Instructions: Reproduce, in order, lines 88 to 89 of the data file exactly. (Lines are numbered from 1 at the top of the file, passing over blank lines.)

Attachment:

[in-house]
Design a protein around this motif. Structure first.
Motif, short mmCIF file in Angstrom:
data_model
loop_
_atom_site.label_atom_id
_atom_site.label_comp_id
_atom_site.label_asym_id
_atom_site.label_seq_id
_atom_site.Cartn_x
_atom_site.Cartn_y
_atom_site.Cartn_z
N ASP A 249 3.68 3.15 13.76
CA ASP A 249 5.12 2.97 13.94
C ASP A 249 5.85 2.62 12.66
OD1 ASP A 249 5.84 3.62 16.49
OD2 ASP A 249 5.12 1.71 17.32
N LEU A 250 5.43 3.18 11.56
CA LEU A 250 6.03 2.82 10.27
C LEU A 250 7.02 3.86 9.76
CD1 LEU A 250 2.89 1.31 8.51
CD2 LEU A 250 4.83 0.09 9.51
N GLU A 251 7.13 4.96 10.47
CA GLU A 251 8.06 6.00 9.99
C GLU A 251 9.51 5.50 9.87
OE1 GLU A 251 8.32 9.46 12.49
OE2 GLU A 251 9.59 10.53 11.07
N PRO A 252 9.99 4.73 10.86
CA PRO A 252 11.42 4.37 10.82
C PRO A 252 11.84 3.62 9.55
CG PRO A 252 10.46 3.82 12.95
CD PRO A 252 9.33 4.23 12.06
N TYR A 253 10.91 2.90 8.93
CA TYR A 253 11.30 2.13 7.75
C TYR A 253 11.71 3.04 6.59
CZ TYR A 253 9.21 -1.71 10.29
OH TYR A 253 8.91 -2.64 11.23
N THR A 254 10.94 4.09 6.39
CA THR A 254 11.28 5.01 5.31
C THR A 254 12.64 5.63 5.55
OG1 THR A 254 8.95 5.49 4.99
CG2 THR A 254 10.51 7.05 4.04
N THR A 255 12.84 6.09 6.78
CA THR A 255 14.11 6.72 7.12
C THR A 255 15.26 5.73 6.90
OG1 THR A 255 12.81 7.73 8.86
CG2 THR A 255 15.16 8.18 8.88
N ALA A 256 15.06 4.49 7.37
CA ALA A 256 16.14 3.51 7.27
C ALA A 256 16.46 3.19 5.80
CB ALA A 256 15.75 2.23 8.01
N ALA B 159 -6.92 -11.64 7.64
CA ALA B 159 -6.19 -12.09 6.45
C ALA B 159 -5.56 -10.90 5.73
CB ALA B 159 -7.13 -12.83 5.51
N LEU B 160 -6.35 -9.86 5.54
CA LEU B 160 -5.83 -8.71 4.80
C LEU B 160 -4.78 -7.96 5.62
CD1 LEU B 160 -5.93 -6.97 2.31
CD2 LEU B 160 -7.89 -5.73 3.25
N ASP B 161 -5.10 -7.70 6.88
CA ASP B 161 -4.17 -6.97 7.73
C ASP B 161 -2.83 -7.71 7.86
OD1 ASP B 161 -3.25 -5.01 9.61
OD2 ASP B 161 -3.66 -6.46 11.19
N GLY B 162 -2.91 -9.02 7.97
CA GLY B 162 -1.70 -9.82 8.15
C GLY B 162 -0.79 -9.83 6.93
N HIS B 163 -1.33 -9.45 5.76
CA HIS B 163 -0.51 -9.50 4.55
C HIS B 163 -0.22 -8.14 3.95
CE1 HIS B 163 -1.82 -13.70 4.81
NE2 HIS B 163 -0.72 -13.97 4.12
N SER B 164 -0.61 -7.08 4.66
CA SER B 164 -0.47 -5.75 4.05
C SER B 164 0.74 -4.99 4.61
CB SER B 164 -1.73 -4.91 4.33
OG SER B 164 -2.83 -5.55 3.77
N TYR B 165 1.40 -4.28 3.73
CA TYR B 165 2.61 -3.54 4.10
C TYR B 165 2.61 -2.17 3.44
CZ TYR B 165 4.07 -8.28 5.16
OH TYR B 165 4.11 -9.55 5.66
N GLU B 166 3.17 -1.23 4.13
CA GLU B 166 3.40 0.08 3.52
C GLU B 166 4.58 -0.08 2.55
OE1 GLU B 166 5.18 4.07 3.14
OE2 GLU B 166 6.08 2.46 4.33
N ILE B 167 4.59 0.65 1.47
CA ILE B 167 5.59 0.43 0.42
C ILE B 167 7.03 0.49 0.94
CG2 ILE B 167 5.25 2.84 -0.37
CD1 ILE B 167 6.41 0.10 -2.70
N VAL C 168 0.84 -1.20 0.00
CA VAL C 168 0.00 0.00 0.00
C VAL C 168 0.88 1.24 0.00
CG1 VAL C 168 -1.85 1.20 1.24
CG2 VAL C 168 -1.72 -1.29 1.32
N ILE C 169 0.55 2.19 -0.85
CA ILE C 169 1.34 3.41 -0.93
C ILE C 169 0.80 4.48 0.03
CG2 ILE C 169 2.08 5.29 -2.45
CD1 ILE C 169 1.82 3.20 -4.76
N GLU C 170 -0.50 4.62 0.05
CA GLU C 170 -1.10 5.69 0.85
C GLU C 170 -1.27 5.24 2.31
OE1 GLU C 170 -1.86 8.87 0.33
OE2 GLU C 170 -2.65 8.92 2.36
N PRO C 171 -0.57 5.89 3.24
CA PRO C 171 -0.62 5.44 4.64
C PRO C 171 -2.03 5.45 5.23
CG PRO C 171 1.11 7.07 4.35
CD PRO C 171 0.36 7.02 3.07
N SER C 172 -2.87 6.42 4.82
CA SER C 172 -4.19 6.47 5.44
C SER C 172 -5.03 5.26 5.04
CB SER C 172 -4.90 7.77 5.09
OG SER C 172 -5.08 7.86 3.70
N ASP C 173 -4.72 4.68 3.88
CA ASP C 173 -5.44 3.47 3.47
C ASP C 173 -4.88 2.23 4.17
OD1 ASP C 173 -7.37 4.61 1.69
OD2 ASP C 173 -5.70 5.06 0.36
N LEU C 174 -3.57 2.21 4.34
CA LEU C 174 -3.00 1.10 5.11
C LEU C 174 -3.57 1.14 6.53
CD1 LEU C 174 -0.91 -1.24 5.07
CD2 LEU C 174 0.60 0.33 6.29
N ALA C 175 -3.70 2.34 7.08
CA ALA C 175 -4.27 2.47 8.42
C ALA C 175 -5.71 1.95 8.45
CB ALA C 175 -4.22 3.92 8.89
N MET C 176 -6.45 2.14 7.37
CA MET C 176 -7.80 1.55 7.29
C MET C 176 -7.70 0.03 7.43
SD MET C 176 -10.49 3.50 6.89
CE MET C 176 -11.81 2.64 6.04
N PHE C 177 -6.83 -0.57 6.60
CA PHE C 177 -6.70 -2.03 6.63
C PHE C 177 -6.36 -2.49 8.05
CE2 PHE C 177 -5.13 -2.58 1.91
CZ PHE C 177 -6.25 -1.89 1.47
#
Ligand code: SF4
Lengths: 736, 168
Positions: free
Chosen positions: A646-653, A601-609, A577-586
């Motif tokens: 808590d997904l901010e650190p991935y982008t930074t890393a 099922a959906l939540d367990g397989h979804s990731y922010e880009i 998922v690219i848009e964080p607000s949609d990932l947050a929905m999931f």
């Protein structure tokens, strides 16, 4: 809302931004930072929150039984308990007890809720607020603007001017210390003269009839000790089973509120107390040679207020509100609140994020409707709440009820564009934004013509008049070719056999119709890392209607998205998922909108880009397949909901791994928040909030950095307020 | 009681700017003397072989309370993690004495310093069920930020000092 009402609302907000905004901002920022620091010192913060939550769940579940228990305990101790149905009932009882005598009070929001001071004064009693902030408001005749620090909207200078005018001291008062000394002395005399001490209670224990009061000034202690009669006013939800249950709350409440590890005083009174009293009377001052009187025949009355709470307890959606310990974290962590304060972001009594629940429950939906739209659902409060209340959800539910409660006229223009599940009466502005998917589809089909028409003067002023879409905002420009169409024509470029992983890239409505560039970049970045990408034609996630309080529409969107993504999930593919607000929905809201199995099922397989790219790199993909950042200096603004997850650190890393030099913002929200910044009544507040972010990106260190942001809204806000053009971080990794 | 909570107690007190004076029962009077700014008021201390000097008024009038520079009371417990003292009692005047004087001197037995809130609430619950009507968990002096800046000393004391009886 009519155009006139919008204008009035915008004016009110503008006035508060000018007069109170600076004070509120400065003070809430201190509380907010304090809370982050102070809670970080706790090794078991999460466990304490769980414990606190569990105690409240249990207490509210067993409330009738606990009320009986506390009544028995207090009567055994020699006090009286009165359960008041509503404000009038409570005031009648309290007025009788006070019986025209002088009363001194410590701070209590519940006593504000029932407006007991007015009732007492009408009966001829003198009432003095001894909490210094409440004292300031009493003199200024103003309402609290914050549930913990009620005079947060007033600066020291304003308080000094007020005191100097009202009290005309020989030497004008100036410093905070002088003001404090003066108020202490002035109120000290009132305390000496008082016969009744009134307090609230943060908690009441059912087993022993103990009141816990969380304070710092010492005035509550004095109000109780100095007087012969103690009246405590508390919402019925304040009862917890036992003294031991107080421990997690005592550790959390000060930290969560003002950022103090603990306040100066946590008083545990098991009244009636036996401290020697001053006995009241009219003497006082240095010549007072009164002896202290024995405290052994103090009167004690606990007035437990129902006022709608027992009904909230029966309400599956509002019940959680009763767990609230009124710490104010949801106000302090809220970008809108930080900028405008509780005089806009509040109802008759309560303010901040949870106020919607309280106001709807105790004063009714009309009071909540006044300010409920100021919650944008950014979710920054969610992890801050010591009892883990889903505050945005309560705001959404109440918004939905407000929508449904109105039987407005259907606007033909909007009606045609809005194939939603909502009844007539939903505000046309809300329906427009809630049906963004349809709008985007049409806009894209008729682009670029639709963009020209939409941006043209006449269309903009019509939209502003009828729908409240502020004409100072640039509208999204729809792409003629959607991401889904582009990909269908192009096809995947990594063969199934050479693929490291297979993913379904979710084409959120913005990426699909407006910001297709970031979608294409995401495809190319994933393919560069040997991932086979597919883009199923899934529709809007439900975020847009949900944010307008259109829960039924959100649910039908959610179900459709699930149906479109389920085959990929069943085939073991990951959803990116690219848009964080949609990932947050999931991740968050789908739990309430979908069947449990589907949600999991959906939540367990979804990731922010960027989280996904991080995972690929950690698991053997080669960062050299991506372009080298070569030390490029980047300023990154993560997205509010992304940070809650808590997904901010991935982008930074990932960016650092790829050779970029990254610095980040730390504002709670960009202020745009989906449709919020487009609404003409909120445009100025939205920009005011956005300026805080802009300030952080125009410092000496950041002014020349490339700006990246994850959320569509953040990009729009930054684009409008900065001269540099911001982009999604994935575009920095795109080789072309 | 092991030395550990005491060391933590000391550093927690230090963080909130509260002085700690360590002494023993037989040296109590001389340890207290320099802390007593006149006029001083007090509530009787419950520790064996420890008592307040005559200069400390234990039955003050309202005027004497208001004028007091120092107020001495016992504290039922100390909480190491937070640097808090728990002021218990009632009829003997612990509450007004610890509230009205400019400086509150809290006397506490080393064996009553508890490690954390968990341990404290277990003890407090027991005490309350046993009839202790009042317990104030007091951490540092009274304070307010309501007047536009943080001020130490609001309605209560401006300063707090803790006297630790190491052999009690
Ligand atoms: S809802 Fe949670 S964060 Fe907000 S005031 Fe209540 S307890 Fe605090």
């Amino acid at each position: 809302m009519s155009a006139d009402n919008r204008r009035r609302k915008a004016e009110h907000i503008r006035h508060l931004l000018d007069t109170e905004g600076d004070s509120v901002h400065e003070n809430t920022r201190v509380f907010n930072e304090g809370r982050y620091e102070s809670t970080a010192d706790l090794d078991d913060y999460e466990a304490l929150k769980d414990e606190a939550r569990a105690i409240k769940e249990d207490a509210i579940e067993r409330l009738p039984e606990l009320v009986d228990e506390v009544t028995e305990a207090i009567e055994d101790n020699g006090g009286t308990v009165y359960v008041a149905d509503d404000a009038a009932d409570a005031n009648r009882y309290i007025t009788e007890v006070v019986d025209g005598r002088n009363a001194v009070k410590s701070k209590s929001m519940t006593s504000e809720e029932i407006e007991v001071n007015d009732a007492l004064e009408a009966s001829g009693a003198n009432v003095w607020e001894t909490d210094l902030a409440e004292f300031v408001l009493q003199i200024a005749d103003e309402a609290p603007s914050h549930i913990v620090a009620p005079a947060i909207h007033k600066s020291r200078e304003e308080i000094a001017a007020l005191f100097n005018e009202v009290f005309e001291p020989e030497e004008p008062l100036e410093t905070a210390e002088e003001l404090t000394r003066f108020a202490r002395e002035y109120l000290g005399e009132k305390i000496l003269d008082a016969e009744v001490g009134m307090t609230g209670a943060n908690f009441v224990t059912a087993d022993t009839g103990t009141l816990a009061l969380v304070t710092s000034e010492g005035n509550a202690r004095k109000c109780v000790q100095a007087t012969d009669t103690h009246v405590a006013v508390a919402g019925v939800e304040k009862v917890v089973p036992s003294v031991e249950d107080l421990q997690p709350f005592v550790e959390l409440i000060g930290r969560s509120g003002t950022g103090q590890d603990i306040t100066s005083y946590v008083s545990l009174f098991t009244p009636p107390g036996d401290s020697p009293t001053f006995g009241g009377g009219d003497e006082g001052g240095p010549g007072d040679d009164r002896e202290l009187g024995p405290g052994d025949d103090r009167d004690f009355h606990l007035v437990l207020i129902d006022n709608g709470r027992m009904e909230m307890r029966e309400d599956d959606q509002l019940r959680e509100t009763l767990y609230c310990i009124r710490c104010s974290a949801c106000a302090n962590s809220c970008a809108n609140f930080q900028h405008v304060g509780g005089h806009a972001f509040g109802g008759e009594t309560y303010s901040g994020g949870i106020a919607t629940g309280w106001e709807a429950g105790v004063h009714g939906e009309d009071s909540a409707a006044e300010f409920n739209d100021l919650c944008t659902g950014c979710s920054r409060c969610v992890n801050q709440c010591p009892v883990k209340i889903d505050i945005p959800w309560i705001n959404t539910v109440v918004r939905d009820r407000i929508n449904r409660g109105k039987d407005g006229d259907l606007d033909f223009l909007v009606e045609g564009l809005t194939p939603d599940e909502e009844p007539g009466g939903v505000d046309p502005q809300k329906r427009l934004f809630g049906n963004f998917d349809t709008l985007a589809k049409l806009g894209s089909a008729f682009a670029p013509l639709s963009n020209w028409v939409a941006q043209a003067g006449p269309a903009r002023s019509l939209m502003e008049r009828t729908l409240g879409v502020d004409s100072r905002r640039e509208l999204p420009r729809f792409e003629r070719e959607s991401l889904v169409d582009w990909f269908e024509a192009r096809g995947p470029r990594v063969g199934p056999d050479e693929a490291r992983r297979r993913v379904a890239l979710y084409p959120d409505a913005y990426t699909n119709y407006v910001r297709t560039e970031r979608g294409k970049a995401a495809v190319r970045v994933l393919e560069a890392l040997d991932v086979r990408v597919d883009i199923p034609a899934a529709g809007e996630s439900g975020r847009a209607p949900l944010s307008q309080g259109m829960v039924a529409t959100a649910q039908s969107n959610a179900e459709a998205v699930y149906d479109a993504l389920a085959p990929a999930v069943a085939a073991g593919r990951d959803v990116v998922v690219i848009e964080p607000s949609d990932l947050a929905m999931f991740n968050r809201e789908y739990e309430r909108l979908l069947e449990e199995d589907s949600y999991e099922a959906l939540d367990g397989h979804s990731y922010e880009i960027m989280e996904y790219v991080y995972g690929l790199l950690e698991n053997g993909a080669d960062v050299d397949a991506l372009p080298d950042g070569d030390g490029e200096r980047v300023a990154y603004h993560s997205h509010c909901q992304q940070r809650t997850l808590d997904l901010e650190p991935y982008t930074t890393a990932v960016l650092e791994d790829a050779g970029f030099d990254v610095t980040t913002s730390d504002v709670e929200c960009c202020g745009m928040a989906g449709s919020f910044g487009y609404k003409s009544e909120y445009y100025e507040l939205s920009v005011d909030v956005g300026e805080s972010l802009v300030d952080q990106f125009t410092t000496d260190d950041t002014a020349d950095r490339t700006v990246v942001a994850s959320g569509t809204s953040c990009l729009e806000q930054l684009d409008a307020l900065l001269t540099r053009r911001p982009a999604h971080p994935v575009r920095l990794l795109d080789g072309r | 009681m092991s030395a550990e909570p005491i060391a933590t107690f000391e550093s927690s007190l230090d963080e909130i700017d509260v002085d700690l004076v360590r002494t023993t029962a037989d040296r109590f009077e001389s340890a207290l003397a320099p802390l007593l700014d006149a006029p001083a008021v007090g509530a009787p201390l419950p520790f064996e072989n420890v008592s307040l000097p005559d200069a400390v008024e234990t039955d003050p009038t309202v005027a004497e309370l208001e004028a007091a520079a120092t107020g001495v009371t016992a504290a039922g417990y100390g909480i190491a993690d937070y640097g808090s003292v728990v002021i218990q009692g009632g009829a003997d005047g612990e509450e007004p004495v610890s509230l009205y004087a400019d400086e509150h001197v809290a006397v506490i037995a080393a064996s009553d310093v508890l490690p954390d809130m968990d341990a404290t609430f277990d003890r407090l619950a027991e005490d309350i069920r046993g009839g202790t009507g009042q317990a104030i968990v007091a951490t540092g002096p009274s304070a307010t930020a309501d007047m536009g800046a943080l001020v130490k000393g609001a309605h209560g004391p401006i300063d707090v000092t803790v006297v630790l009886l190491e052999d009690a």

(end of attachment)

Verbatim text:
OE2 GLU B 166 6.08 2.46 4.33
N ILE B 167 4.59 0.65 1.47